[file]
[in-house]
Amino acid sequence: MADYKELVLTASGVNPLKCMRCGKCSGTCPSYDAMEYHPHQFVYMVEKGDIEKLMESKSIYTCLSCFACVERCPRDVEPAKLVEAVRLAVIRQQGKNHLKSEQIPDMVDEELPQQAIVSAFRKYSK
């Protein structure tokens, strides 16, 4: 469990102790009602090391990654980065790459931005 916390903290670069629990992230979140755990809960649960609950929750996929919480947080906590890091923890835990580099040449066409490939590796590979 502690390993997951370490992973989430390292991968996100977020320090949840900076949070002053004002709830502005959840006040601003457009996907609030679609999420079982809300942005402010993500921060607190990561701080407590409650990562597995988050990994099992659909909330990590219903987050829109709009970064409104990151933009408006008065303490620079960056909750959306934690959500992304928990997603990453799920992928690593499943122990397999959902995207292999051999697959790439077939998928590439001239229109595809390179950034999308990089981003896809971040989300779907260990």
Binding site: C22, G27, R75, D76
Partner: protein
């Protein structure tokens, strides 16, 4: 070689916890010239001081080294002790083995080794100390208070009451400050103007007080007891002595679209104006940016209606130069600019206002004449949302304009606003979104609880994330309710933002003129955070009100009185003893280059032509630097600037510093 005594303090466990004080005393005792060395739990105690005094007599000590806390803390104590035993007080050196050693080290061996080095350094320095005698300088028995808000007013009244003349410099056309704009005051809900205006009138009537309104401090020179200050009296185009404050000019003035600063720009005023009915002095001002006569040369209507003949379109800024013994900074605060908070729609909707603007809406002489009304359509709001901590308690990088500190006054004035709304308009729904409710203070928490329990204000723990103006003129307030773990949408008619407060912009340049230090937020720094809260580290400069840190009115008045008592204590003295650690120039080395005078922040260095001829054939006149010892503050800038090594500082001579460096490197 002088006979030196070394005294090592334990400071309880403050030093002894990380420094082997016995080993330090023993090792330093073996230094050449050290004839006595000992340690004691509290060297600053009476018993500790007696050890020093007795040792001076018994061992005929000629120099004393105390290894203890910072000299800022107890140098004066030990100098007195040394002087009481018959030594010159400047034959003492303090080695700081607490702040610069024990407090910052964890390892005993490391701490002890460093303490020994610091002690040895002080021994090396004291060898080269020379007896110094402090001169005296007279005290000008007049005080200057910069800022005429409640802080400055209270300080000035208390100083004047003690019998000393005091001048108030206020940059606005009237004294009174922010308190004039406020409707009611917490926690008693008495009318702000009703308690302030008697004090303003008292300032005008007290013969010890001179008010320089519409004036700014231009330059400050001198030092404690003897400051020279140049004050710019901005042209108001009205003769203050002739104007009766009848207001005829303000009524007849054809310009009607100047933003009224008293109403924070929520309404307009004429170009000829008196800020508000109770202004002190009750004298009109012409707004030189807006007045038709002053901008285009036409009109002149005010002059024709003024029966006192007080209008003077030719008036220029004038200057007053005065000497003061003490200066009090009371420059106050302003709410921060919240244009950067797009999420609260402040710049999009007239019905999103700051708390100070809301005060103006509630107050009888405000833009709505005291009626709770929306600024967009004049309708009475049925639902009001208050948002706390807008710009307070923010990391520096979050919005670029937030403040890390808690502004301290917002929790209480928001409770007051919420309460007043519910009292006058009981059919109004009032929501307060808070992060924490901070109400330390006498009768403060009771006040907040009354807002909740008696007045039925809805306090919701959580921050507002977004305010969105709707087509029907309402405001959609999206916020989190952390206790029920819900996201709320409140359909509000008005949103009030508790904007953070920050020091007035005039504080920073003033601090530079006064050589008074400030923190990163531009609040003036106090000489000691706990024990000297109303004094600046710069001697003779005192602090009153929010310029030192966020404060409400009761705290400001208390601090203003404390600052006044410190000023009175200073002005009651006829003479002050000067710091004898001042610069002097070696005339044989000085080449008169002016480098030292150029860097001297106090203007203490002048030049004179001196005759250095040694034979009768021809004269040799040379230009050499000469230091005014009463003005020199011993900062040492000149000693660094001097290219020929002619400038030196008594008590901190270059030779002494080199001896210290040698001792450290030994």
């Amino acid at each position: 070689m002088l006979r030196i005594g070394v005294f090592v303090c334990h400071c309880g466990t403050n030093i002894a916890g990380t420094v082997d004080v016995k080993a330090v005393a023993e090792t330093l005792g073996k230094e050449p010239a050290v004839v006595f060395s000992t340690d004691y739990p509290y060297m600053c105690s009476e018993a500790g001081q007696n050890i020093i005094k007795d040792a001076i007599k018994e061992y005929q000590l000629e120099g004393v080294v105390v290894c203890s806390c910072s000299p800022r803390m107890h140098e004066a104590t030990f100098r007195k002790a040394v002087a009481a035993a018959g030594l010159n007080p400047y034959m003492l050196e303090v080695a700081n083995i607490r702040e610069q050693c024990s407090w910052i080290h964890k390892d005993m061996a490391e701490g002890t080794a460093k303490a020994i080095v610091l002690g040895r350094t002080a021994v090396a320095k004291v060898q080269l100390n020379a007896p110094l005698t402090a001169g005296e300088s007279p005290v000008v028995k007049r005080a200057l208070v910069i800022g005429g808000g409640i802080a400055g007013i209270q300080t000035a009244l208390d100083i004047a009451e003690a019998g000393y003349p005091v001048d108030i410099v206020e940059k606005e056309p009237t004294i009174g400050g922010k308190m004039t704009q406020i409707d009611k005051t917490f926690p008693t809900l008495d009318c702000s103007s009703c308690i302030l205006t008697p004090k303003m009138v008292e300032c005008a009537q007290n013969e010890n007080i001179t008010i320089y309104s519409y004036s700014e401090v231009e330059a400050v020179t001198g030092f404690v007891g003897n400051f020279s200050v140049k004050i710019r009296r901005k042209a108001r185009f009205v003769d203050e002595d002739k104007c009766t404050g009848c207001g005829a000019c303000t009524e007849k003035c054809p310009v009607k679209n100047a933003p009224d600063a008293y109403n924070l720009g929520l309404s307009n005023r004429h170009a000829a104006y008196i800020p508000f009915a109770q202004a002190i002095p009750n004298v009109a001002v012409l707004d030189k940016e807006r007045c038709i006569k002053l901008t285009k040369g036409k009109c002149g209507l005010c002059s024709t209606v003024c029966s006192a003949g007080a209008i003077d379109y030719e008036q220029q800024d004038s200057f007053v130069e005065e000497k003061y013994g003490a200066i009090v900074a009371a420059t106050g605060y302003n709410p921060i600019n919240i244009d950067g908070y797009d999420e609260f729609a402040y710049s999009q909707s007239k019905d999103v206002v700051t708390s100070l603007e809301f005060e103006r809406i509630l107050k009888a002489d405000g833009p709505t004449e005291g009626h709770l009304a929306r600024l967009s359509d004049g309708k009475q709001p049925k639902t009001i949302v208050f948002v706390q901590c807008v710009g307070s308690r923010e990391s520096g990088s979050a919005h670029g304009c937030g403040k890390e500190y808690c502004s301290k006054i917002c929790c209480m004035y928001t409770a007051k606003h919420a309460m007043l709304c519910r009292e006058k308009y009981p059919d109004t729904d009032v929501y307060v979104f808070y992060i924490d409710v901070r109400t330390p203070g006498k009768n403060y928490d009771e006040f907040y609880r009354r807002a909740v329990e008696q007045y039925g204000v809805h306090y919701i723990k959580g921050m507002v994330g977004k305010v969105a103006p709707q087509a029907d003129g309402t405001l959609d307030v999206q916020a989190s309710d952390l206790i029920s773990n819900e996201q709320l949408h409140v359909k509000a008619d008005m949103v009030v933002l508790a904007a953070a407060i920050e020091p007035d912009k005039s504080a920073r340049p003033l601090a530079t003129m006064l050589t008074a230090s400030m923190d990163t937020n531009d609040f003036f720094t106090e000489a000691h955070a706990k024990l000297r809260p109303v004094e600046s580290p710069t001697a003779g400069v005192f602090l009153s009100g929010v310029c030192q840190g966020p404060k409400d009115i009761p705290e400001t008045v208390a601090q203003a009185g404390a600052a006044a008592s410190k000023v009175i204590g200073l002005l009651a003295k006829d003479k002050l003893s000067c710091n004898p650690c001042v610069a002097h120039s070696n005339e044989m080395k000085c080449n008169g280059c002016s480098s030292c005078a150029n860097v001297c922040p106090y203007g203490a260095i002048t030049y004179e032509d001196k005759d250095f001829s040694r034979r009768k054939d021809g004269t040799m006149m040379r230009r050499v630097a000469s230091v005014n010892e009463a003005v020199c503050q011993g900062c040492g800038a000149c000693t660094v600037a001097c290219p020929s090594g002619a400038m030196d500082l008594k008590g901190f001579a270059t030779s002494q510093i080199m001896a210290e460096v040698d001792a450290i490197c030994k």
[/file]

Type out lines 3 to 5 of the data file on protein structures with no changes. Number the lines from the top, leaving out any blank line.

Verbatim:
């Protein structure tokens, strides 16, 4: 469990102790009602090391990654980065790459931005 916390903290670069629990992230979140755990809960649960609950929750996929919480947080906590890091923890835990580099040449066409490939590796590979 502690390993997951370490992973989430390292991968996100977020320090949840900076949070002053004002709830502005959840006040601003457009996907609030679609999420079982809300942005402010993500921060607190990561701080407590409650990562597995988050990994099992659909909330990590219903987050829109709009970064409104990151933009408006008065303490620079960056909750959306934690959500992304928990997603990453799920992928690593499943122990397999959902995207292999051999697959790439077939998928590439001239229109595809390179950034999308990089981003896809971040989300779907260990």
Binding site: C22, G27, R75, D76
Partner: protein